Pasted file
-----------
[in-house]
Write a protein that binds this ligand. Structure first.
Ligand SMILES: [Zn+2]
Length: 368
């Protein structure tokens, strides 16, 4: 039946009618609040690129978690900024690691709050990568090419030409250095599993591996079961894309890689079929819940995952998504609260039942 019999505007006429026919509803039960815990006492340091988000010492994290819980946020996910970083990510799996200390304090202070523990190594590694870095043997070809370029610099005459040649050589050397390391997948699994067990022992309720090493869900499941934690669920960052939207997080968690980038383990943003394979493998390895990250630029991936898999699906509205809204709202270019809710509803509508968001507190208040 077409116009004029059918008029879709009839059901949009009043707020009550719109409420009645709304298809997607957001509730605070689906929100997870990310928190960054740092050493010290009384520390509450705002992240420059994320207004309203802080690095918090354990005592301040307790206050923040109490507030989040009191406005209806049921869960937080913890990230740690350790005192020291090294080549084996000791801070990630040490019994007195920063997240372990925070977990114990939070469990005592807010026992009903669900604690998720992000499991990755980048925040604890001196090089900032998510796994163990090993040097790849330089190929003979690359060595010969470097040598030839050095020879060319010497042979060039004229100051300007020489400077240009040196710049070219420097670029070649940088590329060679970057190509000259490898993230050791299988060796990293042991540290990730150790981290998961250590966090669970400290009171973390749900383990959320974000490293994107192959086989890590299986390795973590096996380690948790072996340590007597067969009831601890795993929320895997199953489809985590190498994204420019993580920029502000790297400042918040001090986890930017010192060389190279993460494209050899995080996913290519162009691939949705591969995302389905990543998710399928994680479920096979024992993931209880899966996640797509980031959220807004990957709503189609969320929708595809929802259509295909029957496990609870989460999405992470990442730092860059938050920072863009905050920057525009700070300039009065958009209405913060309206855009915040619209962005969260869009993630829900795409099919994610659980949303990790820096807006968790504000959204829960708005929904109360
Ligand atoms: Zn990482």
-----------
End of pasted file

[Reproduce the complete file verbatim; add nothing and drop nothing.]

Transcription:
[in-house]
Write a protein that binds this ligand. Structure first.
Ligand SMILES: [Zn+2]
Length: 368
């Protein structure tokens, strides 16, 4: 039946009618609040690129978690900024690691709050990568090419030409250095599993591996079961894309890689079929819940995952998504609260039942 019999505007006429026919509803039960815990006492340091988000010492994290819980946020996910970083990510799996200390304090202070523990190594590694870095043997070809370029610099005459040649050589050397390391997948699994067990022992309720090493869900499941934690669920960052939207997080968690980038383990943003394979493998390895990250630029991936898999699906509205809204709202270019809710509803509508968001507190208040 077409116009004029059918008029879709009839059901949009009043707020009550719109409420009645709304298809997607957001509730605070689906929100997870990310928190960054740092050493010290009384520390509450705002992240420059994320207004309203802080690095918090354990005592301040307790206050923040109490507030989040009191406005209806049921869960937080913890990230740690350790005192020291090294080549084996000791801070990630040490019994007195920063997240372990925070977990114990939070469990005592807010026992009903669900604690998720992000499991990755980048925040604890001196090089900032998510796994163990090993040097790849330089190929003979690359060595010969470097040598030839050095020879060319010497042979060039004229100051300007020489400077240009040196710049070219420097670029070649940088590329060679970057190509000259490898993230050791299988060796990293042991540290990730150790981290998961250590966090669970400290009171973390749900383990959320974000490293994107192959086989890590299986390795973590096996380690948790072996340590007597067969009831601890795993929320895997199953489809985590190498994204420019993580920029502000790297400042918040001090986890930017010192060389190279993460494209050899995080996913290519162009691939949705591969995302389905990543998710399928994680479920096979024992993931209880899966996640797509980031959220807004990957709503189609969320929708595809929802259509295909029957496990609870989460999405992470990442730092860059938050920072863009905050920057525009700070300039009065958009209405913060309206855009915040619209962005969260869009993630829900795409099919994610659980949303990790820096807006968790504000959204829960708005929904109360
Ligand atoms: Zn990482």